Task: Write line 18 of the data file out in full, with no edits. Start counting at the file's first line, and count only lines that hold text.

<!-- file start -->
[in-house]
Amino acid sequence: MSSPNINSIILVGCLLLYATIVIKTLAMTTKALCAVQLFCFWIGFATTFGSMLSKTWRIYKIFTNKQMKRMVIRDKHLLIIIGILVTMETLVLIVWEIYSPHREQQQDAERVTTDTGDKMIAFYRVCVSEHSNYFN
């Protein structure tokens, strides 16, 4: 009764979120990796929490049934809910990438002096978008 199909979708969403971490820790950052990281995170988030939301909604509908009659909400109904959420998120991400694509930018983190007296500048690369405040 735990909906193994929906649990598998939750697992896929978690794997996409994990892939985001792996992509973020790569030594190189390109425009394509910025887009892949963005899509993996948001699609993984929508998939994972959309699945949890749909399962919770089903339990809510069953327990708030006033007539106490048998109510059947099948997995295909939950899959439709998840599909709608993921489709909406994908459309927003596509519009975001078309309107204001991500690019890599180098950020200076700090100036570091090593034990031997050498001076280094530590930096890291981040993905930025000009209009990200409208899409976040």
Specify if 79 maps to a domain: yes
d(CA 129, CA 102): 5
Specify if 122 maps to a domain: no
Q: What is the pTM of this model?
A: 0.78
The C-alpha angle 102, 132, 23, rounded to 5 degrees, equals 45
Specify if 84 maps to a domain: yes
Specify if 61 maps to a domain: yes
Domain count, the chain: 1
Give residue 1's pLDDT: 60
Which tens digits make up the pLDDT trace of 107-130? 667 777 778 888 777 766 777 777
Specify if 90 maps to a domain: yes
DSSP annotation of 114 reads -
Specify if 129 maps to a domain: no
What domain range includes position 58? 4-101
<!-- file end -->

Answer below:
What domain range includes position 58? 4-101